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Video Captures Incredible Images of Fire

Video Captures Incredible Images of Fire

Estimated read time: 3-4 minutes

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John Hollenhorst Reporting Saturday's most intense moments will go into the record books as one of the biggest firestorms in Utah history.

And now, were going to give you a feel for what it was like to be in the middle of it.

Viewers have sent us some remarkable images of Saturday's firestorm. But Highway Patrol dash-cams, and a home video camera held by a mother of three really take us there.

The Hall family was heading down I-15 in a pickup truck Saturday. Three kids were in the back. Mom and Pop sat up front with a video camera.

Video Captures Incredible Images of Fire

"When we saw the smoke coming, we just kept shooting," said Crystal Hall, who lives in Washington.

According to her husband Jeffrey, "It was really an awe-inspiring event, and something to remember."

It was a bright sunny afternoon, except for a giant wall in the sky ahead of them.

Crystal said, "At first we thought it was just a thunderstorm, until we got closer and we could see the columns of smoke going up."

Video Captures Incredible Images of Fire

At roughly the same time, Highway Patrol dash-cams caught nightmarish images of flames on both sides of I-15. Another shot shows what appears to be a fire tornado.

A Utah Highway Patrol trooper can be heard saying, "Don't go any farther. It's bad. It's bad."

"We just kept going until the smoke just overtook us, and we just watched ourselves go into blacker and blacker smoke," Crystal said.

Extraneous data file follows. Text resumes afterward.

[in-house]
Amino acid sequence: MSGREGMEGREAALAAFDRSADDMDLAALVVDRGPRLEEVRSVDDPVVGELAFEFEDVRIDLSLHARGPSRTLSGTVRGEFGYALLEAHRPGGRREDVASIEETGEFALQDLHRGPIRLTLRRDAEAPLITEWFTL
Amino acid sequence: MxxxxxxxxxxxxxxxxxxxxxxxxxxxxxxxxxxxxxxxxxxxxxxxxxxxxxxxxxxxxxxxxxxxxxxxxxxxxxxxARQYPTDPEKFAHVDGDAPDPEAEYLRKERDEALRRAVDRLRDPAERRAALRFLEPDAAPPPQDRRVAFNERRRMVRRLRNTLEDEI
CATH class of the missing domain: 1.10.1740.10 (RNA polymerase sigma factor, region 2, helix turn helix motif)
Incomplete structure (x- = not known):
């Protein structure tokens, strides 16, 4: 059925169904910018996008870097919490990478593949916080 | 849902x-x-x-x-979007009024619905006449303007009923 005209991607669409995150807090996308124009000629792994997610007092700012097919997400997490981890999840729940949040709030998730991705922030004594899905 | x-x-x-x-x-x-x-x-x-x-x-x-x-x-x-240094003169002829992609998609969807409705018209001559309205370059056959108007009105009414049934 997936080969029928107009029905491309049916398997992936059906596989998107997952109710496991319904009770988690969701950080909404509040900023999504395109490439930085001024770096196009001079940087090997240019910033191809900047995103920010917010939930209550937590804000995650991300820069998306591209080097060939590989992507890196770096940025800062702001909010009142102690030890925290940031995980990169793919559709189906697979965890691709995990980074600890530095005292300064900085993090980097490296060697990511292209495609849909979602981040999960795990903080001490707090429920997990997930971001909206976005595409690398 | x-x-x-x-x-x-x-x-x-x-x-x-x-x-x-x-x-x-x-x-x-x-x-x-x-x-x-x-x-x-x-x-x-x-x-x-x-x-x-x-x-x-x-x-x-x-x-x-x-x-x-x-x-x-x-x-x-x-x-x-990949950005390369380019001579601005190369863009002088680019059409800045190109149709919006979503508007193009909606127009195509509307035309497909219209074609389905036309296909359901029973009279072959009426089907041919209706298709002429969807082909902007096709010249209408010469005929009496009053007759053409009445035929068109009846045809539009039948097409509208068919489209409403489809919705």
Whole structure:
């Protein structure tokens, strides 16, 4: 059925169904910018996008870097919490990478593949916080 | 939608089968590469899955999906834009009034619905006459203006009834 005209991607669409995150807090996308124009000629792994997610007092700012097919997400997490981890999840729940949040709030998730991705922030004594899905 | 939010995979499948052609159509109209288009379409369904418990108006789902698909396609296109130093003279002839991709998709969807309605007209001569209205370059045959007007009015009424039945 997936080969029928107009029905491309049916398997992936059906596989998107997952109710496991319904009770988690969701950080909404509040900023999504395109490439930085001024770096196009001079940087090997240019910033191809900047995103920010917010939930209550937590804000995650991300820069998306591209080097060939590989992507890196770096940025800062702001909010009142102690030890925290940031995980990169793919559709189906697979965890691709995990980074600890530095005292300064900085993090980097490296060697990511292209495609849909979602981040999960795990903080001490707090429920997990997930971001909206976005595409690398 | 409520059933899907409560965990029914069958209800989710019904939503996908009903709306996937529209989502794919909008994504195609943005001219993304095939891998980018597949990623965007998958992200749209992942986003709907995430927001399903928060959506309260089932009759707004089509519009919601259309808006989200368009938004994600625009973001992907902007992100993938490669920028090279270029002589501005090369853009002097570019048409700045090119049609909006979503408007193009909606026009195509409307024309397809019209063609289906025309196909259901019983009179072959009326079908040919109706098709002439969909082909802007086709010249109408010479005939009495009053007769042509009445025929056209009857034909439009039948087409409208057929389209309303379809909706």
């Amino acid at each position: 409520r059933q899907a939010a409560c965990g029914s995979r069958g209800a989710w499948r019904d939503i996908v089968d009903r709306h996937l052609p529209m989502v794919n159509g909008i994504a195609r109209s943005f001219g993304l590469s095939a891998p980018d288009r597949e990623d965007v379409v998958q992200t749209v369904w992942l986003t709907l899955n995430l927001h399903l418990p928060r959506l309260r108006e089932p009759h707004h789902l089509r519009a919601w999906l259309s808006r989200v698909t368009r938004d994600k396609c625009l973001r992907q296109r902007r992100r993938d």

Video Captures Incredible Images of Fire

"It just looks dark and evil," she said.

Two-thirty in the afternoon began to look like midnight.

"It was pitch black. We could hardly see people coming northbound. We could barely see the people in front of us," she said.

The Highway Patrol caught fleeting images of a semi on fire. From the Hall's point of view, the fire hid itself completely.

Video Captures Incredible Images of Fire

Jeffrey told us, "That dense of smoke and that dark, we knew it was close. I didn't want to be caught on the freeway with it burning right up to it."

"People were just stopped," Crystal said. "They were afraid to keep going."

Later, a sudden wind-shift pushed walls of fire right at the traffic jam, an event their camera missed.

"It jumped the west side into the median, where there were a lot of big trees, and those went up" Jeffrey said. "At that point the flames might have moved 100 yards in a matter of seconds. Just a big wall of flame, and everybody panicked."

Semi drivers disconnected cabs from trailers and made a u-turn. Other drivers abandoned travel trailers.

The Halls saw patrol cars earlier and wondered why they didn't shut down the freeway.

"It was just amazing that we were still going through it," Jeffrey said. "I could not believe that they hadn't stopped us before."

But time codes show troopers were escorting drivers out and scrambling to close the freeway during the Hall family's darkest moments.

A trooper said, "Hey, we're gonna shut down I-15 north, too. They're gonna have to go south."

The Highway Patrol says the timing of road closures was dictated by fire commanders, not the Department of Public Safety.

Amazingly, the Hall children slept through pretty much the whole thing, except when one boy woke up and asked if the sun had set. The parents say they were a little nervous, but more awed than frightened by their experience.

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